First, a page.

“Hanoi Skin”: Nocturnal Images of a City in Flux

· 15.June.2019

I recently participated in a photography mentorship program, organized by Invisible Photographer Asia (IPA). IPA is based in Singapore, and acts as a platform to promote photography and visual arts in Asia through a variety of activities. The aim of the mentorship program is to develop one’s visual storytelling skills. For my participation I decided to do a project on Hanoi, the capital city of Vietnam, and more specifically the transformation the city has been undergoing in the last few decades.

Although I’m Belgian, I’ve been living and working in Hanoi for a few years now. The city is quirky and relatively small compared to many other Asian megacities, but it’s changing extremely fast. In fact, the whole country is. I didn’t want to capture the archetypical sights of Hanoi, such as the street sellers with their conical hats, the lake shores and parks where many Hanoians do all kinds of sport activities in the early morning hours, the famous 36 Streets of the Old Quarter… While all these things can be beautiful and interesting in their own right, I decided to focus on some of the city’s lesser-known, and definitely lesser-visited residential areas. In my opinion, this is where the city’s transformation is felt and seen more clearly. There’s also serene beauty to be found in those more mundane settings.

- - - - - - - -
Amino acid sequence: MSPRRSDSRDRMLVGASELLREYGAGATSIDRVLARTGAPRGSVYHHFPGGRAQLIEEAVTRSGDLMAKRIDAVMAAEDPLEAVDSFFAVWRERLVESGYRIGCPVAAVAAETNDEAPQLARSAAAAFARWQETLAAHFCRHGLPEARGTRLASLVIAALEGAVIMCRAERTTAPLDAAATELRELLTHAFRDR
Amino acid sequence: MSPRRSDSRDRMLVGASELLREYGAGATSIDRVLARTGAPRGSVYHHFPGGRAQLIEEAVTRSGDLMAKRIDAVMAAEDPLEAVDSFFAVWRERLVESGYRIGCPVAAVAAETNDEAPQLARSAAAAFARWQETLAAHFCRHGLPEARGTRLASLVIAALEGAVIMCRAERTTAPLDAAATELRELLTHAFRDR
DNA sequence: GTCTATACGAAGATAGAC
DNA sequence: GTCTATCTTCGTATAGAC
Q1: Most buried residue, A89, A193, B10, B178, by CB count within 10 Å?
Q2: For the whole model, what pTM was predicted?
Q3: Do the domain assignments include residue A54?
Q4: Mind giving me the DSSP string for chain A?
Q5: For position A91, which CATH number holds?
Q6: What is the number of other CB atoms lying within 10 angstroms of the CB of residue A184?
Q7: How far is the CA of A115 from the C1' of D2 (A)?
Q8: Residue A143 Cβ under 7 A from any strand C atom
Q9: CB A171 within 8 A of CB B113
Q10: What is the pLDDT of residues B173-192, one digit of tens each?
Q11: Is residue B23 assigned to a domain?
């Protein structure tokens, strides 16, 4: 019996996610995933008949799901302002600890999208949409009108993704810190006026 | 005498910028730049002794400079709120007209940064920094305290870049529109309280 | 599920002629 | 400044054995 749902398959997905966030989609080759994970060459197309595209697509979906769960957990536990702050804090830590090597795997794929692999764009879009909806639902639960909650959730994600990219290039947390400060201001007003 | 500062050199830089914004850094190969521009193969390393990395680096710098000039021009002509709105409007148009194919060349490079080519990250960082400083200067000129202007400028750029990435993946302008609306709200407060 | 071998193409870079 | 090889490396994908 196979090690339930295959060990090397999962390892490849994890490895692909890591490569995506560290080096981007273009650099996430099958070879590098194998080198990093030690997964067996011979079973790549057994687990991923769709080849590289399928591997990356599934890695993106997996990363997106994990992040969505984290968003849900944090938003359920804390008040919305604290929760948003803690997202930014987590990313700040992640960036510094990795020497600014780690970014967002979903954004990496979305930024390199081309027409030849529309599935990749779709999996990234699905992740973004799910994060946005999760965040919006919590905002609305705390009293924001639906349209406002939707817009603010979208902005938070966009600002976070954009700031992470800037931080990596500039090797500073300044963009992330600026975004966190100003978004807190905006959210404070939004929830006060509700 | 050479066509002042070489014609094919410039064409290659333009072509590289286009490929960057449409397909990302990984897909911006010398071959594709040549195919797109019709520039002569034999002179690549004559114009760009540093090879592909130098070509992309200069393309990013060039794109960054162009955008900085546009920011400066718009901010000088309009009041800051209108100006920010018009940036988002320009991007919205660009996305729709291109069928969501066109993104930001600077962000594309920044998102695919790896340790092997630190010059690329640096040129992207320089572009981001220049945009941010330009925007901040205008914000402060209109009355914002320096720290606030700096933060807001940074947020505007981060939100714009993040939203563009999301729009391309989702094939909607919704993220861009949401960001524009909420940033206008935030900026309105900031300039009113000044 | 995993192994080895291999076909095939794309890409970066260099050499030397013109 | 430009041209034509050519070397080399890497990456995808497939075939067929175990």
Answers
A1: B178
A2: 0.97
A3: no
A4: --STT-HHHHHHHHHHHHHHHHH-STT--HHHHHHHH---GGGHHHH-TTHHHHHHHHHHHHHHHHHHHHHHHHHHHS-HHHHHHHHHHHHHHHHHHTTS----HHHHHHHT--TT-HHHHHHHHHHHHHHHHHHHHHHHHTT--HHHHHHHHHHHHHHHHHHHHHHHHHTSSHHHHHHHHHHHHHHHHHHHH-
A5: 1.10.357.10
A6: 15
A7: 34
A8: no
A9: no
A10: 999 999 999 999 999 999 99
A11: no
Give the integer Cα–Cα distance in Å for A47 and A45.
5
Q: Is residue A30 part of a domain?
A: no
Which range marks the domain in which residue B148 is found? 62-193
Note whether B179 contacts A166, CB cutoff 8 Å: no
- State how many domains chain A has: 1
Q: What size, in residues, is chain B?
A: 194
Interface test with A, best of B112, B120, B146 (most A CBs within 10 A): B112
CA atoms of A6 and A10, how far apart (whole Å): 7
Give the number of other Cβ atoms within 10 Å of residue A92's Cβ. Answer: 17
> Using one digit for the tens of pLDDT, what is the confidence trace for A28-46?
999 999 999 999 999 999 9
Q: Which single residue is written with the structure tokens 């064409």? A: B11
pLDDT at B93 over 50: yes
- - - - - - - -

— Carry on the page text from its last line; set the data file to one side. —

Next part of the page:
So a few months ago I started going on dedicated nocturnal photo trips with my scooter. At night, the city gets a quieter, and less chaotic. I love the atmosphere, the stillness and the lighting in Hanoi’s residential areas at that time. In the beginning of the project, I mostly focused on some so-called new urban areas. These are huge plots of land, mostly in the outskirts of the city, developed into modern estates with villas, apartment complexes, shopping areas, office spaces, etc. Some of these have been finished and are inhabited, others are under construction, while still others have seen their construction halted for various reasons, turning them into abandoned, half-finished, haunted-looking building sites. After a while I also started diving into some older residential areas, bordering these new urban areas. This is where things got really interesting, as the visual contrast between the old and the new, the informal and the formal, became very apparent.